It is first necessary to note that freedom and creativity do not exist as separate organizational qualities – they are inextricably linked one to the other in a continually reinforcing interative process. since for MacIntyre ‘virtue’ is defined 8. adaptive and imaginative response to change. The more participative the organization. 187). they also form the basis of the ethical quality of participative governance. 1998). too. but rather interrelated and interdependent activities of working. freedom and creativity are not simply qualities which are exercised by individuals liberated from hierarchical controls and thus free to ‘do their own thing’. Organizational practices are not simply ‘work’. Firstly. where creativity happens. are systematically extended (MacIntyre. at the boundaries between control and disorder (see note 2). 1991). Creativity. Freedom as ‘opportunity’ represents the driver of creativity. 1985. Freedom generates creativity in differen- . knowledge and freedom is in turn allowed to function freely by means of the communication networks which create organizational connectedness and accountability.e. Freedom and creativity thus stand in a continual dialectical relationship. However. p. Sen emphasises that it is also to be seen as ‘opportunity’. Although our view of organizations in this paper has been systemic. Participation realises what MacIntyre terms the ‘goods internal to a practice’ because “human powers to achieve excellence. practices and processes (Collier. the greater the scope for the exercise of freedom and creativity. where organizational processes are driven not by hierarchical control but by the freedom of organizational members to participate in autonomous decision-taking. The ethical quality of the participative organization can be understood with reference to three frameworks of ethical thought which not only respect the particular nature of the organizational model we have outlined. Organizations are moral agents 24 not merely in the consequentialist ‘doing’ sense. in terms of outcomes produced by corporate action. that the notion of virtue gains meaning. although ethical principles. The conception of practice in this sense lies at the core of Alasdair MacIntyre’s ethics of virtue. 1992). freedom and creativity. but it also potentiates creativity in integrating. an ‘on-the-ground’ view of organizations will conceptualise them as networks of practices – technical. It is in the context of practice. immunity from interference. 1992. encouragement of risk-taking and tolerance of failure. it demands the existence of freedom in Sen’s ‘process’ sense (Sen. not only in terms of production. see note 1). These are organizations where the principle of self-organisation is generated by the creativity which exists at the ‘edge of chaos’ – i. and to pursue and achieve outcomes which they and others value (see note 1). trust. and human conceptions of the ends and goods involved”. managerial (Reed. But freedom is not simply permissive. demands an organizational climate of autonomy. but opportunity can only arise in a situation where there is knowledge. and knowledge comes into being firstly ‘on the ground’. So that it is knowledge as the fruit of creativity which generates opportunity and thus freedom: it is knowledge which creates the organizational opportunities to pursue and to achieve those outcomes which are defined as ‘valuable’ in terms of organizational purpose. the more ‘generative’ will be communities of practice. as the innovative. openness. The ethics of participative governance We have argued that participative organisations can be conceptualised as ‘chaotic’ self-organizing systems.23 in other words.182 Jane Collier and Rafael Esteban tiating. thus allowing the leadership to use the knowledge and understanding of overall organizational needs to creatively reshape the organization so that freedom and creativity are continually enabled at the interface. learning and innovating (Brown and Duguid. Freedom and creativity are not only essential elements of the self-organization which produces emergent patterns of ‘good governance’. These qualities are exercised and developed within communities of practice. are abstractions which require to be contextualised both in terms of organizational realities and in terms of ethical theories. not merely process. This ‘virtuous circle’ of creativity. but also in terms of purposes. but define and locate the significance of freedom and creativity within the ‘ethical’ organization. but in terms of the development of human capabilities. administrative.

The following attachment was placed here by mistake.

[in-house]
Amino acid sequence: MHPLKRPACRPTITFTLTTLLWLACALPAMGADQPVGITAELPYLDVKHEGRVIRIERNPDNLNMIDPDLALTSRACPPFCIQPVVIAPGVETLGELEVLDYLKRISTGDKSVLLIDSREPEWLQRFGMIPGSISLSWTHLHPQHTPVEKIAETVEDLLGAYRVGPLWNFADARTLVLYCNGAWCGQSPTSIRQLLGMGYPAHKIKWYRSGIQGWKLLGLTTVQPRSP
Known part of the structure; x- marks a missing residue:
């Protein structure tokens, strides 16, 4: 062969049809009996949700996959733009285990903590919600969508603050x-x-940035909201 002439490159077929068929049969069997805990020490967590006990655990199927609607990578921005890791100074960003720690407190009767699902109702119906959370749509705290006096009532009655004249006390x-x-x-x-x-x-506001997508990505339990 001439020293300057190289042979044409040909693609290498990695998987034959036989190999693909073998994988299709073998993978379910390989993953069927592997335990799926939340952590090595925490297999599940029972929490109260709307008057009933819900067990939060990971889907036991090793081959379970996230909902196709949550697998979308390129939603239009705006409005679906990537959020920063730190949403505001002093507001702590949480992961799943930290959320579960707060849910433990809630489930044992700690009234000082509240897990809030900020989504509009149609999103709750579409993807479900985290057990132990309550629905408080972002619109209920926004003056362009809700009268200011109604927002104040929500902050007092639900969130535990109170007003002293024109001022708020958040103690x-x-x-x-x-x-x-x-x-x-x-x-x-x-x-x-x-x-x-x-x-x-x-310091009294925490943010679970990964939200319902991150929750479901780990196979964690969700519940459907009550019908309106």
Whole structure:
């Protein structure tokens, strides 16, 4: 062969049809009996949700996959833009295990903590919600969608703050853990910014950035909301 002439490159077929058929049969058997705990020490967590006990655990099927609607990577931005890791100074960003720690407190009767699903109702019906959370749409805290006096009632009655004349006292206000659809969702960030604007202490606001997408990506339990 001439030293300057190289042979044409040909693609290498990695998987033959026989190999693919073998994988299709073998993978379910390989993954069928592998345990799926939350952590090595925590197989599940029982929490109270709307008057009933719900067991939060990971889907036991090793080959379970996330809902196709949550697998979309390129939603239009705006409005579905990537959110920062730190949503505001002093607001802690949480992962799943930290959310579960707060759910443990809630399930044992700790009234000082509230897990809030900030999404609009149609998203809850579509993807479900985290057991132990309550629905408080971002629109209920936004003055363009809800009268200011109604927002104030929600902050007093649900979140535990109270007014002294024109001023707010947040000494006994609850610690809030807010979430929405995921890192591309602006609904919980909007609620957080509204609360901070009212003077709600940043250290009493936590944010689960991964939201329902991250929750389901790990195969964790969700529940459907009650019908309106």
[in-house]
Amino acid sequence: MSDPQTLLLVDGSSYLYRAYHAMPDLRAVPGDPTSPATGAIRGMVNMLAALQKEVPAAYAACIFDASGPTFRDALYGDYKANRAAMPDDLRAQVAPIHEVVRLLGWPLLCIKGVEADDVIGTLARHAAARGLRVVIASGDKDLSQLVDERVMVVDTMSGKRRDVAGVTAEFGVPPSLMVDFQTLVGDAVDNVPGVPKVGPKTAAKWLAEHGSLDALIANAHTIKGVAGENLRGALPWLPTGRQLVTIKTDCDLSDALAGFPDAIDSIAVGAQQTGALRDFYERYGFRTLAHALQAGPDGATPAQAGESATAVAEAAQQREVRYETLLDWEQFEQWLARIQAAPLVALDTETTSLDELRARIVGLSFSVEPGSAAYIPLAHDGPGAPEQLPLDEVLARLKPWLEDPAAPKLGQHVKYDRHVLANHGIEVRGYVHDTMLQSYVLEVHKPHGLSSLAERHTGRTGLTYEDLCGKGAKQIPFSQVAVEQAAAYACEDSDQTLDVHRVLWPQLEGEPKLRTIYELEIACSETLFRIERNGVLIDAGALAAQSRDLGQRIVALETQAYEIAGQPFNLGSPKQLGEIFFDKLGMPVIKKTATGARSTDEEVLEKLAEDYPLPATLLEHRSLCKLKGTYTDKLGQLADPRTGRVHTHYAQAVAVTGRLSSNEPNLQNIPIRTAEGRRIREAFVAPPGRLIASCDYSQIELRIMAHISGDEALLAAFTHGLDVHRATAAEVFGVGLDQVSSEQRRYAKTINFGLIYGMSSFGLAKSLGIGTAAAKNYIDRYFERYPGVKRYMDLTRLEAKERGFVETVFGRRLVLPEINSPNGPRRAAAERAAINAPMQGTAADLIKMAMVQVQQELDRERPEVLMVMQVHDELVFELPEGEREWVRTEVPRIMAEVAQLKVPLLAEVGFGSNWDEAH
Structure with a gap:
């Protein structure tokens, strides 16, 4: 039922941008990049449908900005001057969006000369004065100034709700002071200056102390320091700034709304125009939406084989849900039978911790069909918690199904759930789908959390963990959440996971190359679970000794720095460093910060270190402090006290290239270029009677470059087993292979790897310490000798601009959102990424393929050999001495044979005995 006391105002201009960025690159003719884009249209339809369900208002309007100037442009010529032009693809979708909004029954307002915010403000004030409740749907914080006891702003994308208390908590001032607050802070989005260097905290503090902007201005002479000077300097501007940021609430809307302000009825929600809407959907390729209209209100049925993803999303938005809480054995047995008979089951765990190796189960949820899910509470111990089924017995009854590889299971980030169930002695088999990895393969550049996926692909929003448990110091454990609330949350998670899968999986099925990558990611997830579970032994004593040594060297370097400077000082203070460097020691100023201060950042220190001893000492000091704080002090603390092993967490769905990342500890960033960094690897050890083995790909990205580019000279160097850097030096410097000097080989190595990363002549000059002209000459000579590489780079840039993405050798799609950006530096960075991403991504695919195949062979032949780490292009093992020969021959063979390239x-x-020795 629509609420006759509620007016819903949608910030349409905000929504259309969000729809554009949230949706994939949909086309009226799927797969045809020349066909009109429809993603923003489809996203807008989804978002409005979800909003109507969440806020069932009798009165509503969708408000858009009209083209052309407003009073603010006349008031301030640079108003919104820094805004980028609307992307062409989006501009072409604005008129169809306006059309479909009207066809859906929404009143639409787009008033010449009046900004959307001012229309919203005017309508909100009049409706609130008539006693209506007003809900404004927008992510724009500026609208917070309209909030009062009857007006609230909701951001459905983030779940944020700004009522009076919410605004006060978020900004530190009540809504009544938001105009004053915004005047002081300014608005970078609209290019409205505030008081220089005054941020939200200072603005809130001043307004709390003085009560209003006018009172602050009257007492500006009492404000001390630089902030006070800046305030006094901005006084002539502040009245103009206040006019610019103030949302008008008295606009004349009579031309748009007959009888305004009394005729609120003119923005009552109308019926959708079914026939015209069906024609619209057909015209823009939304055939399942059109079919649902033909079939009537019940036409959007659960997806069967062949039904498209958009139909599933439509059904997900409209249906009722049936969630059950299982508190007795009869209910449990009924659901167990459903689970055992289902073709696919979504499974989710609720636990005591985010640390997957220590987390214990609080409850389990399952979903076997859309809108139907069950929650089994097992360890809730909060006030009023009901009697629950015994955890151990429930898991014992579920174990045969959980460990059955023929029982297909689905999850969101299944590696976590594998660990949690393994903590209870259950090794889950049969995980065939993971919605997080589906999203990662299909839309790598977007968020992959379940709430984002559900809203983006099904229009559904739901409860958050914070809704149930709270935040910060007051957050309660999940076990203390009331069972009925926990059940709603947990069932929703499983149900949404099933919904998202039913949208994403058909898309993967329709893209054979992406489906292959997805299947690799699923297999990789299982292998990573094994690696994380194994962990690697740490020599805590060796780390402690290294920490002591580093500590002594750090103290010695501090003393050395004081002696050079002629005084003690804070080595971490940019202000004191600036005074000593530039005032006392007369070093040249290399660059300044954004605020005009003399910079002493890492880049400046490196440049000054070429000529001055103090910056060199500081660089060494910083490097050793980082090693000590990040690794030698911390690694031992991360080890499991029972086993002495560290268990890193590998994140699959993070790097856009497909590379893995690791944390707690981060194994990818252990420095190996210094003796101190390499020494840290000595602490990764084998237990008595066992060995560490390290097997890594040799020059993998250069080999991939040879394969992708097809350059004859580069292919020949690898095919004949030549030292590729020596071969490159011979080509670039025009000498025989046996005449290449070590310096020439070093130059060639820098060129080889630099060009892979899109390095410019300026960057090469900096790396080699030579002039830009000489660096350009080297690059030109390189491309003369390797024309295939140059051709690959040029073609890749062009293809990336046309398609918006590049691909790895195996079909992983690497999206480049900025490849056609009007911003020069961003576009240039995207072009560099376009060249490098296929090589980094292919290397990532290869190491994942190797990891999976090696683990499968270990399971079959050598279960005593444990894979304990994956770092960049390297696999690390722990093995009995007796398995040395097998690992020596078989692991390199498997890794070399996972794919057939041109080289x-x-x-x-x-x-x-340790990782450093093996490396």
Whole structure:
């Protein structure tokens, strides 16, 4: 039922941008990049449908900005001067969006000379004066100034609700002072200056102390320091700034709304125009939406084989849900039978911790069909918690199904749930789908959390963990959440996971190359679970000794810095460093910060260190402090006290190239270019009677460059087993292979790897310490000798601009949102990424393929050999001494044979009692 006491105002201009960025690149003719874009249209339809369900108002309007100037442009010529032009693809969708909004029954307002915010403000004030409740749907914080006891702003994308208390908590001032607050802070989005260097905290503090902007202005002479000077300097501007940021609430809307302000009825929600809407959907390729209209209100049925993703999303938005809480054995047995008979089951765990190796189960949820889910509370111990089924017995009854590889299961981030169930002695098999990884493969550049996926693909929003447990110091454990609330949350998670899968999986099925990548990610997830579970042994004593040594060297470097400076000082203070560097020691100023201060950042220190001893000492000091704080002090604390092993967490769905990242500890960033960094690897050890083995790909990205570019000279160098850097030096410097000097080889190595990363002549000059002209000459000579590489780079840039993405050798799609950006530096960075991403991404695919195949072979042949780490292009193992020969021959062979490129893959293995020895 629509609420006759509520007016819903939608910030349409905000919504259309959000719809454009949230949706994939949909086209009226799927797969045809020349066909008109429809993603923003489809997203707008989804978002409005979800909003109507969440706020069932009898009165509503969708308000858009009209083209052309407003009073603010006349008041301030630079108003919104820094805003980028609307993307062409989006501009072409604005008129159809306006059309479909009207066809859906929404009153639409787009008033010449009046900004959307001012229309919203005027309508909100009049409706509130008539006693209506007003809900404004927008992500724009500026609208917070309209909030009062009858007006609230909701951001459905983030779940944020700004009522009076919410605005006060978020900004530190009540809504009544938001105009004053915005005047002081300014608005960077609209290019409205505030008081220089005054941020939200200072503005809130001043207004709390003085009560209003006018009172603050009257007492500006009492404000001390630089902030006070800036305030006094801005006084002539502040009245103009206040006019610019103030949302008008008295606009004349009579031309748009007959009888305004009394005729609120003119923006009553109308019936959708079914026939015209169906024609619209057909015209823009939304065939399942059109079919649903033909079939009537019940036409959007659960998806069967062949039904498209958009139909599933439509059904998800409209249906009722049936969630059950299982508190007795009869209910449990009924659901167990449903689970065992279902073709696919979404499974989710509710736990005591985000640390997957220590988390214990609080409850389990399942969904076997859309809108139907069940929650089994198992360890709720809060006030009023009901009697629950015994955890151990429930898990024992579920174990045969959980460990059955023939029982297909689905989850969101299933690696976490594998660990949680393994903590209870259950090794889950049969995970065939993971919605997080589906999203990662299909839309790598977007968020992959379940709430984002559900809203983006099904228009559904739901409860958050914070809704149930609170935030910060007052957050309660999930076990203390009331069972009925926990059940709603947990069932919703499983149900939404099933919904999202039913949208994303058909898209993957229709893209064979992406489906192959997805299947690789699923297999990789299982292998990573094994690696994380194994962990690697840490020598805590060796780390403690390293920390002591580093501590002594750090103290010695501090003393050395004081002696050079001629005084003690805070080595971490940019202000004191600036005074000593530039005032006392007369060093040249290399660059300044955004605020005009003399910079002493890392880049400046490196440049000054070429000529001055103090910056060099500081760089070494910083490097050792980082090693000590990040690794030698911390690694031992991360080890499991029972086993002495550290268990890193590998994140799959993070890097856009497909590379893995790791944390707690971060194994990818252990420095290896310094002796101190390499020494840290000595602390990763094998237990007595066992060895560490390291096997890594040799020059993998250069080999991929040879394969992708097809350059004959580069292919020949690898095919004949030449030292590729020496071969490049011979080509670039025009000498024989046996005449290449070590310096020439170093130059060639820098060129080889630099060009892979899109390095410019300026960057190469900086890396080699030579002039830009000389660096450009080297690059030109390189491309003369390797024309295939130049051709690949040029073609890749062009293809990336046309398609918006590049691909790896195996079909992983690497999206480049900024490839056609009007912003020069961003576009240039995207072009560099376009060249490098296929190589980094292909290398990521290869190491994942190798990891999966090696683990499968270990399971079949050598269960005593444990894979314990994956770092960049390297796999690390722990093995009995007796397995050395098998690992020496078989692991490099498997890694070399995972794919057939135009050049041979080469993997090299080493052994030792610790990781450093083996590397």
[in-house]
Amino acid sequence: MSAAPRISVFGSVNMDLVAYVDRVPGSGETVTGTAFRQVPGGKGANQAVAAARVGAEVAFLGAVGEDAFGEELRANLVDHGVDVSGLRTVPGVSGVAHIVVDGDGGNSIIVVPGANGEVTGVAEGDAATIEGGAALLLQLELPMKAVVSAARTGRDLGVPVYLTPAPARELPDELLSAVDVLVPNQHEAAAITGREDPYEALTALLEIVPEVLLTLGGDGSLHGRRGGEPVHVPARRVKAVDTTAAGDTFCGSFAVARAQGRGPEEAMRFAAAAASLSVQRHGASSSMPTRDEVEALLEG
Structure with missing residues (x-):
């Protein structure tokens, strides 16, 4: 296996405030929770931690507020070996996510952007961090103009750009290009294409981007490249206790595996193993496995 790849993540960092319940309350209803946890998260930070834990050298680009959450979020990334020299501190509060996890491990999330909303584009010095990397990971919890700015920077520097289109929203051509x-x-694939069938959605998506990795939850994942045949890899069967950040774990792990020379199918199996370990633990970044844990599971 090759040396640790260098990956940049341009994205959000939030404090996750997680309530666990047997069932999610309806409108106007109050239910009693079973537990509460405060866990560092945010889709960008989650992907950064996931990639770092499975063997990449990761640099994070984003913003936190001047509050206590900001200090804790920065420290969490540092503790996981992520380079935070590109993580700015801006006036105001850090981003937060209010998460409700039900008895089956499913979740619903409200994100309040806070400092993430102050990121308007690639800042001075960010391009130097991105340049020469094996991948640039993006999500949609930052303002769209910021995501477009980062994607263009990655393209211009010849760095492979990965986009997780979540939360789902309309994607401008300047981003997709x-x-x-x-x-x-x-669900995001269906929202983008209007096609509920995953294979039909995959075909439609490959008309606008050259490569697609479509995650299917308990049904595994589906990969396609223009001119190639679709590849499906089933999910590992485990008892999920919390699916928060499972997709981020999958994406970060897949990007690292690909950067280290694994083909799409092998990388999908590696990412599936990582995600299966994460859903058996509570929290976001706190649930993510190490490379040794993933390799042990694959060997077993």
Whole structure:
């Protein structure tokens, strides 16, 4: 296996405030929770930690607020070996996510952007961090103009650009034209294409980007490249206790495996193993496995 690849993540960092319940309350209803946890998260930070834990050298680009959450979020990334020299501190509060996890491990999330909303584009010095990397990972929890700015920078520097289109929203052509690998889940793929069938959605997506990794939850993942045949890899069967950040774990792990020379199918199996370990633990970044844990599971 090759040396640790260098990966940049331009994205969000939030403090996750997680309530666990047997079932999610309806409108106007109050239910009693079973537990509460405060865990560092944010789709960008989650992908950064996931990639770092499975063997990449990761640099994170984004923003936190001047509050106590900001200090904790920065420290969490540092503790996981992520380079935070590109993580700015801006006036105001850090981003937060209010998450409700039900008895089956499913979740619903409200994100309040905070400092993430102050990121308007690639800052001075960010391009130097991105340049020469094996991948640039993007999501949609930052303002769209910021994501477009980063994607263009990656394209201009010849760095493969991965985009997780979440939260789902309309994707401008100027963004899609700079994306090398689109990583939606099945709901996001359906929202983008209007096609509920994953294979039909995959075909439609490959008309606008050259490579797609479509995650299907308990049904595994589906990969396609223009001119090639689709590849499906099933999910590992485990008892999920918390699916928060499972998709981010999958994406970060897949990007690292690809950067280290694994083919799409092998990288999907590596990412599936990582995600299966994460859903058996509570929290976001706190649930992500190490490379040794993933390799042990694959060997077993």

and the responsibility is not reciprocal. The Other is other than ‘self ’. Responsibility in organizations is defined by roles and functions. Thirdly. where freedom and creativity are directed to the search for what is right and just in a climate of conflicting value stances. both personal and collective. 1989. and for which we are already responsible. In participative organizations all voices are heard. Freedom does not constitute ‘world’. because it imposes a command on me to ensure its survival and its welfare as a human person. in other words. 1994). Nor is responsibility based on Kant’s categorical imperative or revealed in Buber’s reciprocal relationships. 1998). and the meaning of this face is irreducibly ethical. but my responsibility is not contingent on who the Other is. Ethics. and ‘virtuous’ learning circles are created (Hampden-Turner. therefore. is to be found in alterity. argues Levinas. the ‘otherness’ of the Other. Responsibility is born in this encounter: this responsibility is limitless. insight and intuition (Collier. ‘Mitsein’ may engender solidarity. The underlying implication of discourse ethics is that the process of moral argumentation will generate consensus. but is continually challenged by its very nature to reflect on its origins. For Emmanuel Levinas that source is not simply to be found in our coexistence as beings in a social world where “men find themselves side by side rather than face-toface” (Hand. But participative organizations are also grounded by a more foundational responsibility. the qualities. and that with effective procedural ‘ground-rules’ for communal discernment it will be possible to achieve consensus without the necessity for participants to be ‘converted’ to the value stances of others. altruistic and charismatic leadership which is capable of nurturing the integration of a diverse and flexible organization by supporting the process of dialogue and working for the emergence of shared values while simultaneously listening to diverse view- 183 points and affirming their potential contribution to consensus (Kanungo and Mendonca. Moral argumentation takes place in a climate of openness. and to a greater or lesser extent shared responsibility for outcomes. The recognition of and respect for ‘otherness’ is an ethical ‘glue’ which in . not self-justifying. and it shapes and defines the nature of my freedom. which are necessary to sustain collaboration within communities of practice (Collier. p. This requires a sensitive. responsibility defines our freedom. 212). so that in order to understand the nature of our freedom we must seek the source of our responsibility. and constitutes ‘self ’ by its radical difference. participative organizations must become communities of discernment. and because there is no overriding set of moral principles which will inform all individual judgements. 1997). In a moral sense. without the ‘other’ ‘self ’ would not exist. The Other is encountered as Face. Secondly.Governance in the Participative Organisation as the qualities necessary to achieve the ‘goods internal to practice’. ‘freedom’ as the basis of participation within organizations is not arbitrary. a deep commitment of each member to the good of the ‘other’ whose very existence defines her own ‘self ’ and with whom she shares a commitment to the overall task. where the freedom to express views is paralleled by the obligation to hear those of others. The ethical dimension of that communication framework is found in the continual requirement to exercise moral judgement in decision-taking so that morally ‘right’ outcomes are generated. But the reality of decisiontaking in participative organizations is likely to be characterised less by consensus and more by the constructive management of value dilemmas. freedom and creativity within the participative organization must be exercised with reference to the communication framework which connects organizational ‘purposing’ and organizational responsiveness. is prior to ontology. it allows participation in a world which is already given. The source of responsibility. I exist not ‘with’ but ‘for’ the Other. in other words. but responsibility is something more profound than solidarity. The Other is not knowable because it is not ‘same’. Jurgen Habermas’s ‘discourse ethics’ (Habermas. 1996). 1993) suggests that the essence of this problem is procedural. it is my responsibility. responsibility for initiatives and achievements. so that value differences are allowed to create the richness of diversity rather than to destroy the fragility of collaboration. and where difference demands creative empathy.